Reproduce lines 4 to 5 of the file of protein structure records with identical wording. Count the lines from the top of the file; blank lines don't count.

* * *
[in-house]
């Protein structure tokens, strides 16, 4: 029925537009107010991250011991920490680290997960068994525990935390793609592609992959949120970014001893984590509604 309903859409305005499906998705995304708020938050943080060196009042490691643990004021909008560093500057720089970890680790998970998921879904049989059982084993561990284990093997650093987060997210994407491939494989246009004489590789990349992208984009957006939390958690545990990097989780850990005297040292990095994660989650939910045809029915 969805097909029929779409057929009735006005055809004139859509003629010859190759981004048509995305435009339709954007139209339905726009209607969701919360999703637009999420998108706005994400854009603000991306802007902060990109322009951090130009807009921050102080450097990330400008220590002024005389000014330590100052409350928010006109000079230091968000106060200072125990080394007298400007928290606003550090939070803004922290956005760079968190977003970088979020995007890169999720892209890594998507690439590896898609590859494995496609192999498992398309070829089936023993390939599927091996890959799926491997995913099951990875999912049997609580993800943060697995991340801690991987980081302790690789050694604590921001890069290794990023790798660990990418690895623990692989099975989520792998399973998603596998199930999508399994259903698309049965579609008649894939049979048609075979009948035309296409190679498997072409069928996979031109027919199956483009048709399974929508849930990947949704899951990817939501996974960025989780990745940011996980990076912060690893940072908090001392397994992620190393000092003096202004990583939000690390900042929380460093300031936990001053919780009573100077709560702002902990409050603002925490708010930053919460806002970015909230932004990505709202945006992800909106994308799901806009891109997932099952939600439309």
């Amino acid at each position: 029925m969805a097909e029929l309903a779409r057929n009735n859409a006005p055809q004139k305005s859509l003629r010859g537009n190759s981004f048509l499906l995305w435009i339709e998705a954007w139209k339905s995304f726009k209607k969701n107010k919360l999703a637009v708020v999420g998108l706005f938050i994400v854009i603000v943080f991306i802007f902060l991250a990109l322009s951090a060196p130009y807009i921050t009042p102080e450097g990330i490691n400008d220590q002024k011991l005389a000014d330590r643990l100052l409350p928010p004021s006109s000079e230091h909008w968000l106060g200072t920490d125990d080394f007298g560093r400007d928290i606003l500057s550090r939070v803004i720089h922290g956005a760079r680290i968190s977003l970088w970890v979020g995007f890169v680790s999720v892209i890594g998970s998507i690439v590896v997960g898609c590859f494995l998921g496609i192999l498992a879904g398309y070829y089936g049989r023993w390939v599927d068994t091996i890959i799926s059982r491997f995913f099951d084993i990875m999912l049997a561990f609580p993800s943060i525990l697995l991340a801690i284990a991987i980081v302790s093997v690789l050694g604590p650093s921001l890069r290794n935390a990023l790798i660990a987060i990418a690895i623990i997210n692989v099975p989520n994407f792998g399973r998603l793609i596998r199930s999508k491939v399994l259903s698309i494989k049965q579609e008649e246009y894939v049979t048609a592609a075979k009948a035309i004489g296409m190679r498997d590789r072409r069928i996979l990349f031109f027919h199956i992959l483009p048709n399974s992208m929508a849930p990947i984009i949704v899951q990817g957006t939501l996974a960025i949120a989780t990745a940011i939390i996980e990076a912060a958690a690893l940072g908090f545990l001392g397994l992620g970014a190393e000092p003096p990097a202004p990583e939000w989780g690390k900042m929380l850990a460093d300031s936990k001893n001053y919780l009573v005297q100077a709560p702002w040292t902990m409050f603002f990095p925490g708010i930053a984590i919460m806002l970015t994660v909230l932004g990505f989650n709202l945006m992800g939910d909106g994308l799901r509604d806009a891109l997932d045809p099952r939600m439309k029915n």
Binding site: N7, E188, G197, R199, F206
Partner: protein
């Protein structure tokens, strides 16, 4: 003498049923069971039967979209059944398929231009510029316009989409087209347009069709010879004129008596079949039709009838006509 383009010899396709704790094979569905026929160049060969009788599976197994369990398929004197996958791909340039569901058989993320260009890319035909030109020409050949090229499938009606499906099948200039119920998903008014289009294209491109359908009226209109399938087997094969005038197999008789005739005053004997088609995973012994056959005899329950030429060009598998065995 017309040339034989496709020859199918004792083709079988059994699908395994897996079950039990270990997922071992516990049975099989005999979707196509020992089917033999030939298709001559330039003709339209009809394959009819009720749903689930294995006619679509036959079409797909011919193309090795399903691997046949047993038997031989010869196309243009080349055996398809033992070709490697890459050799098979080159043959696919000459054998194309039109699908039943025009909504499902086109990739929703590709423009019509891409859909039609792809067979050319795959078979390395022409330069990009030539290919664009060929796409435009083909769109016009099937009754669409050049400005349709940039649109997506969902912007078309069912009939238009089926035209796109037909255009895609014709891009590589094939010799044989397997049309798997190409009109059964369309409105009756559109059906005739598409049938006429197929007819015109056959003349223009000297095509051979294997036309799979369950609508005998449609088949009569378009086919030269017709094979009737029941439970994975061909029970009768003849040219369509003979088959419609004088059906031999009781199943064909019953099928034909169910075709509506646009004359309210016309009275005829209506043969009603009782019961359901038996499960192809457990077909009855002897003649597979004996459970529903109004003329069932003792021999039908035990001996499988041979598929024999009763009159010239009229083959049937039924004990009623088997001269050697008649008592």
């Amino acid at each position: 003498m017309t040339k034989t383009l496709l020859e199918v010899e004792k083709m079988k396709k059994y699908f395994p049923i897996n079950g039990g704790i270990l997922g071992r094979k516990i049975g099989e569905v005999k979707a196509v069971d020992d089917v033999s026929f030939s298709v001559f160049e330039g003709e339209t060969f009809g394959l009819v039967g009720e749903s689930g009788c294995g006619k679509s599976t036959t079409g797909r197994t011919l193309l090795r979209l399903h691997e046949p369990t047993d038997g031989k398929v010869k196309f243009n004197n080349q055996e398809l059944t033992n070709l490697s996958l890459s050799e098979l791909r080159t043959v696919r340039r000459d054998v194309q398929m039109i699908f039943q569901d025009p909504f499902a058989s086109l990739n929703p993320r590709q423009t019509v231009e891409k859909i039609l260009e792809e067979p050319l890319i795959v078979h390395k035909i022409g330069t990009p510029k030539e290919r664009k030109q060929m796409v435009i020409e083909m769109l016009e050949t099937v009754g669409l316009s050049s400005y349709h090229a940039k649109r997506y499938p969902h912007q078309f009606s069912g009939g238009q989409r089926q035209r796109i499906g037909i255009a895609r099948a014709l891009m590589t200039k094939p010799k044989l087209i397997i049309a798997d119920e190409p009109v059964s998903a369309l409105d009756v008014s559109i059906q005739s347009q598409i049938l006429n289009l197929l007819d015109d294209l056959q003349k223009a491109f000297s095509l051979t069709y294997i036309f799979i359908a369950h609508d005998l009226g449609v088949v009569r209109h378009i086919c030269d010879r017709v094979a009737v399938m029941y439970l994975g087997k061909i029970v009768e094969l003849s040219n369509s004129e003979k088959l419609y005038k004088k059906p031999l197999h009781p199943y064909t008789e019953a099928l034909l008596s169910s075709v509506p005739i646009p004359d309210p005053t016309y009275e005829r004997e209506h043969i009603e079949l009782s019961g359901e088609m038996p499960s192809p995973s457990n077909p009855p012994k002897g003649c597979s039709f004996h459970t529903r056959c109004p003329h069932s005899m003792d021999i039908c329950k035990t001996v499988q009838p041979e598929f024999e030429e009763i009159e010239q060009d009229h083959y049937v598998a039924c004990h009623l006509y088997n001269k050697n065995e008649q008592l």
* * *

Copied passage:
Binding site: N7, E188, G197, R199, F206
Partner: protein